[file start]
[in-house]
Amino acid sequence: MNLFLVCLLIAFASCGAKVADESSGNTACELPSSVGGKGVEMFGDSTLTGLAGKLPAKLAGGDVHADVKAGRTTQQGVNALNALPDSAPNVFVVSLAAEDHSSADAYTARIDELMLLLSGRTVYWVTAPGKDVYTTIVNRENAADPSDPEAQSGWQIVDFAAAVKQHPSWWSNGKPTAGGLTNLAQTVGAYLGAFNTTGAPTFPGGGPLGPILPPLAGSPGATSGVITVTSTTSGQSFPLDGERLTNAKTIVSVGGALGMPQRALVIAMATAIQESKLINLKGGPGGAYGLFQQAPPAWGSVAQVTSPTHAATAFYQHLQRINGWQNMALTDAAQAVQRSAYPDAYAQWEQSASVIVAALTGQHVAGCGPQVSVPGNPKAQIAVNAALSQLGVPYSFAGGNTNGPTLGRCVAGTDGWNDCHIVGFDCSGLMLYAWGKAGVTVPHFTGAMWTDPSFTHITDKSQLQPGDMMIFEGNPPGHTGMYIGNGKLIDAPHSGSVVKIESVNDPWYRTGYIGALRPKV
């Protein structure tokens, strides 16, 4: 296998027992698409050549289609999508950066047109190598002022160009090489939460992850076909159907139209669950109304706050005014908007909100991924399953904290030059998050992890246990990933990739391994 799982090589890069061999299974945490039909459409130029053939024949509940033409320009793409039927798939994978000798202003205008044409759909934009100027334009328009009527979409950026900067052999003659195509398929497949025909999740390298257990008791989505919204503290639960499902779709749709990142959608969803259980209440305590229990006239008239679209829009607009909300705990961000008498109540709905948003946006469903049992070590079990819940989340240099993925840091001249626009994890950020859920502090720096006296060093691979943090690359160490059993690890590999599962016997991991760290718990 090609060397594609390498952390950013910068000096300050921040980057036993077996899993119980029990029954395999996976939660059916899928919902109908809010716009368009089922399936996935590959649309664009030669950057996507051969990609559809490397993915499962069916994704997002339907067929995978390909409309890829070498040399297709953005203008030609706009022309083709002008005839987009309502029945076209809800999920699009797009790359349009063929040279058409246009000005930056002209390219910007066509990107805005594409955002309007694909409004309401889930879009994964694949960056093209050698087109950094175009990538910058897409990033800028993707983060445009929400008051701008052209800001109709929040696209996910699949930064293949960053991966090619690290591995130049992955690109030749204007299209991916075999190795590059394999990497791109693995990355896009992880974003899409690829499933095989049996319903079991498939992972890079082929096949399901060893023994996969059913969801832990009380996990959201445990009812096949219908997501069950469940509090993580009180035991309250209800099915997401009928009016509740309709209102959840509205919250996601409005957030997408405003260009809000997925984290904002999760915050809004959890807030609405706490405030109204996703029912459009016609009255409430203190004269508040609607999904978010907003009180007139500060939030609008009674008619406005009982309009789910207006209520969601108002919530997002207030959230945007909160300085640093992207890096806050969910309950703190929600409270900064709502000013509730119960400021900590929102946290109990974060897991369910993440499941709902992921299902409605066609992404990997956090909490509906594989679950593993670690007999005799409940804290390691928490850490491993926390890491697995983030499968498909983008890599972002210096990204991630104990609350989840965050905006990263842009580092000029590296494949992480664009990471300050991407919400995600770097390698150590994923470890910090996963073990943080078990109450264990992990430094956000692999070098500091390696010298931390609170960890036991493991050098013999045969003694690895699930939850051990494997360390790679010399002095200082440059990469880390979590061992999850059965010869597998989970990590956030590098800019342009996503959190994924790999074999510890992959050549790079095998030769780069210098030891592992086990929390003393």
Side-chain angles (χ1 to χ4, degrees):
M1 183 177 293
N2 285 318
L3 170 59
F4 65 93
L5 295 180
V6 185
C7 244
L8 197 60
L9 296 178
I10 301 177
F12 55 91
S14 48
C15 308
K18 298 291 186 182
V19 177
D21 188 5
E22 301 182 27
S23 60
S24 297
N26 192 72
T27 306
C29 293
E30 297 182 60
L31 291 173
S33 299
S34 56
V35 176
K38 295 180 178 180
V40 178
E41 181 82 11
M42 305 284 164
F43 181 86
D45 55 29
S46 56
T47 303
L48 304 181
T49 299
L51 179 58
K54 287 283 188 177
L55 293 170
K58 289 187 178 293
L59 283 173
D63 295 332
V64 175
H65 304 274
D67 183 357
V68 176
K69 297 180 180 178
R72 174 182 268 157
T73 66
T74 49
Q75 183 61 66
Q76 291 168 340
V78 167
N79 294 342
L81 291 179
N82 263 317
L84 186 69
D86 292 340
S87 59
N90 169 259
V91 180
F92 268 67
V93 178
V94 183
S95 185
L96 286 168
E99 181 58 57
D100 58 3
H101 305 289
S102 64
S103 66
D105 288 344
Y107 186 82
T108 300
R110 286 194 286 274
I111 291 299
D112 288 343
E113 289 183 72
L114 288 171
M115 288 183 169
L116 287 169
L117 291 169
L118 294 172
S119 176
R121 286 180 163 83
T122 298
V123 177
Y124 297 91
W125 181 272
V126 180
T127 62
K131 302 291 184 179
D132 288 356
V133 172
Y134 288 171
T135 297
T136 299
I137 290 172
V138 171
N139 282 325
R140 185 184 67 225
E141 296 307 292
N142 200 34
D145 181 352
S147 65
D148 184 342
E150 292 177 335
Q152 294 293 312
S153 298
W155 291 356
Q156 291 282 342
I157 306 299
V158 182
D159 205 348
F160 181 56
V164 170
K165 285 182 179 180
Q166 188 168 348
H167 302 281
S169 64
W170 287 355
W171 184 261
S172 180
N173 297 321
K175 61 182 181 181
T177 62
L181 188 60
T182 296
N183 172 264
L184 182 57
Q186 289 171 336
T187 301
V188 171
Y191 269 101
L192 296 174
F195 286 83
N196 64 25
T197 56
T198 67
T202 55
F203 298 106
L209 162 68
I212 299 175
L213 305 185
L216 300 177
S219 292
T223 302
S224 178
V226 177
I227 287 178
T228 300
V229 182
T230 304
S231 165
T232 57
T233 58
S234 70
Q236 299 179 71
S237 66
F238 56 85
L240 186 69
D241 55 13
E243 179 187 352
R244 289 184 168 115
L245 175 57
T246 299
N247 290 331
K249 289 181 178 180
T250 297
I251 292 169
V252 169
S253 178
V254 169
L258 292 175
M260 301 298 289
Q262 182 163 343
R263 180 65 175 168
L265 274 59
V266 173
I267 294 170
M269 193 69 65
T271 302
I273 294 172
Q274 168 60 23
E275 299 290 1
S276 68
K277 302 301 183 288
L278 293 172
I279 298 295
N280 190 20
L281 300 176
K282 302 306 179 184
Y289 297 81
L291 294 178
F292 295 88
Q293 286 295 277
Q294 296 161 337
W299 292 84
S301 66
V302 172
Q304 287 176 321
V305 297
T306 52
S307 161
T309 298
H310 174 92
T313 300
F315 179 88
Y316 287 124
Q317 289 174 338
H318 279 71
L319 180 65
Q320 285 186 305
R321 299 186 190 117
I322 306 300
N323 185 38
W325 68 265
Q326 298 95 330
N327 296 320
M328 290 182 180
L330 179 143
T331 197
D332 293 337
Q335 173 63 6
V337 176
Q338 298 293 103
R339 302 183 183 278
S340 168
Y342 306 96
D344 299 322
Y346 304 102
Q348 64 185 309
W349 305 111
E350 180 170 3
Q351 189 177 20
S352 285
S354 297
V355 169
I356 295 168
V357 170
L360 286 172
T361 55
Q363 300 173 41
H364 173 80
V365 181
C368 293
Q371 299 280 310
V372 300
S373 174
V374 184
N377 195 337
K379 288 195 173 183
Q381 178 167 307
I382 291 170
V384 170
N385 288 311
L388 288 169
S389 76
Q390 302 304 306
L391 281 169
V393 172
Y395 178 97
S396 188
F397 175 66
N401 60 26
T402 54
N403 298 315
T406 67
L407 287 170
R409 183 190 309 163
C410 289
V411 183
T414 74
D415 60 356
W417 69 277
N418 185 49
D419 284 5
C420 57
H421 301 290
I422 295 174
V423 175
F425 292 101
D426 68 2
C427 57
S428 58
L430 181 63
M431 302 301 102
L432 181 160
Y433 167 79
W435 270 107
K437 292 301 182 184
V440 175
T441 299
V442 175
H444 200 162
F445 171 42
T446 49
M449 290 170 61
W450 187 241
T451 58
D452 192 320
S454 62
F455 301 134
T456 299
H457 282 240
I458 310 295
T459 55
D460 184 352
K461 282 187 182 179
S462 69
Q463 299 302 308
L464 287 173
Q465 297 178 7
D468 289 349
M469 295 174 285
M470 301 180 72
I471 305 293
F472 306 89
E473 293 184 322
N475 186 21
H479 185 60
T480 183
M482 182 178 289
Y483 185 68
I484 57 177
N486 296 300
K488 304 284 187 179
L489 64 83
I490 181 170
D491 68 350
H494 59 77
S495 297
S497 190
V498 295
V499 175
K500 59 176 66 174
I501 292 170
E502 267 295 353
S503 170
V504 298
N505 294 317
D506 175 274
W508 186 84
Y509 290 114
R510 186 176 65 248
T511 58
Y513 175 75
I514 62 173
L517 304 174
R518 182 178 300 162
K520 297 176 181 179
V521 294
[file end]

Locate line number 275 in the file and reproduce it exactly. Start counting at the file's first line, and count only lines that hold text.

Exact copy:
R409 183 190 309 163